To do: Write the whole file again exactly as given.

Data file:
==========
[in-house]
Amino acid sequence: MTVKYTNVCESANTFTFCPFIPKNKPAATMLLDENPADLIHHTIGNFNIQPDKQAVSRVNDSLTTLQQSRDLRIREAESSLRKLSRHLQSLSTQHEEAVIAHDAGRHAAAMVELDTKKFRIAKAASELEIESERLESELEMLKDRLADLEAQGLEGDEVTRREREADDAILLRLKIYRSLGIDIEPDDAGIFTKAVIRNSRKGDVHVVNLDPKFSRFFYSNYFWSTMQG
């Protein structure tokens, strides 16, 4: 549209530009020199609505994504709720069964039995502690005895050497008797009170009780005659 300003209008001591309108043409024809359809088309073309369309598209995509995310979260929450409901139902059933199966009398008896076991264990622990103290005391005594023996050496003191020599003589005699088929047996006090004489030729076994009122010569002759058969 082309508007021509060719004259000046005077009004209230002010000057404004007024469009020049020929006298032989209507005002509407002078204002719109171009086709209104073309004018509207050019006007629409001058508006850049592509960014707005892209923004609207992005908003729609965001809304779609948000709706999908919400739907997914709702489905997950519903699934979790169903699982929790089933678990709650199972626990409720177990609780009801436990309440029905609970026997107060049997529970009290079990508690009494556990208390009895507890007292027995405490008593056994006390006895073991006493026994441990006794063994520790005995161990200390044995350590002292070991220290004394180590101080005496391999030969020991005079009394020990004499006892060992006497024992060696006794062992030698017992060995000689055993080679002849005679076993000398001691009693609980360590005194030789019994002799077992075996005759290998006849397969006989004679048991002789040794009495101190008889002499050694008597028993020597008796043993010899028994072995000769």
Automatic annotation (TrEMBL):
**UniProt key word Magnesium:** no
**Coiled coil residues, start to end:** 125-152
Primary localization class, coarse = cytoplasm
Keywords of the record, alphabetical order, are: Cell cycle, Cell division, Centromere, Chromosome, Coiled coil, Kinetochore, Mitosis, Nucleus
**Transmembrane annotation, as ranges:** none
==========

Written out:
[in-house]
Amino acid sequence: MTVKYTNVCESANTFTFCPFIPKNKPAATMLLDENPADLIHHTIGNFNIQPDKQAVSRVNDSLTTLQQSRDLRIREAESSLRKLSRHLQSLSTQHEEAVIAHDAGRHAAAMVELDTKKFRIAKAASELEIESERLESELEMLKDRLADLEAQGLEGDEVTRREREADDAILLRLKIYRSLGIDIEPDDAGIFTKAVIRNSRKGDVHVVNLDPKFSRFFYSNYFWSTMQG
């Protein structure tokens, strides 16, 4: 549209530009020199609505994504709720069964039995502690005895050497008797009170009780005659 300003209008001591309108043409024809359809088309073309369309598209995509995310979260929450409901139902059933199966009398008896076991264990622990103290005391005594023996050496003191020599003589005699088929047996006090004489030729076994009122010569002759058969 082309508007021509060719004259000046005077009004209230002010000057404004007024469009020049020929006298032989209507005002509407002078204002719109171009086709209104073309004018509207050019006007629409001058508006850049592509960014707005892209923004609207992005908003729609965001809304779609948000709706999908919400739907997914709702489905997950519903699934979790169903699982929790089933678990709650199972626990409720177990609780009801436990309440029905609970026997107060049997529970009290079990508690009494556990208390009895507890007292027995405490008593056994006390006895073991006493026994441990006794063994520790005995161990200390044995350590002292070991220290004394180590101080005496391999030969020991005079009394020990004499006892060992006497024992060696006794062992030698017992060995000689055993080679002849005679076993000398001691009693609980360590005194030789019994002799077992075996005759290998006849397969006989004679048991002789040794009495101190008889002499050694008597028993020597008796043993010899028994072995000769």
Automatic annotation (TrEMBL):
**UniProt key word Magnesium:** no
**Coiled coil residues, start to end:** 125-152
Primary localization class, coarse = cytoplasm
Keywords of the record, alphabetical order, are: Cell cycle, Cell division, Centromere, Chromosome, Coiled coil, Kinetochore, Mitosis, Nucleus
**Transmembrane annotation, as ranges:** none